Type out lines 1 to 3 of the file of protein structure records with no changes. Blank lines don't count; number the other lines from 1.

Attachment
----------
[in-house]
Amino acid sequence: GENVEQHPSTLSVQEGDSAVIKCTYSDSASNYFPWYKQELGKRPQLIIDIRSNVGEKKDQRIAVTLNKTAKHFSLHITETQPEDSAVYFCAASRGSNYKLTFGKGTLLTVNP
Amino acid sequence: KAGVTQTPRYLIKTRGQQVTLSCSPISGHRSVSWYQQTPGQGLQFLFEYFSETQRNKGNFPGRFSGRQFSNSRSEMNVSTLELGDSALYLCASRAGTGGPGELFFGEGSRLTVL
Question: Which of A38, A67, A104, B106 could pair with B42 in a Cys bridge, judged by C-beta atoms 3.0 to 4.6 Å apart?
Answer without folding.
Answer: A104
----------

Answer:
[in-house]
Amino acid sequence: GENVEQHPSTLSVQEGDSAVIKCTYSDSASNYFPWYKQELGKRPQLIIDIRSNVGEKKDQRIAVTLNKTAKHFSLHITETQPEDSAVYFCAASRGSNYKLTFGKGTLLTVNP
Amino acid sequence: KAGVTQTPRYLIKTRGQQVTLSCSPISGHRSVSWYQQTPGQGLQFLFEYFSETQRNKGNFPGRFSGRQFSNSRSEMNVSTLELGDSALYLCASRAGTGGPGELFFGEGSRLTVL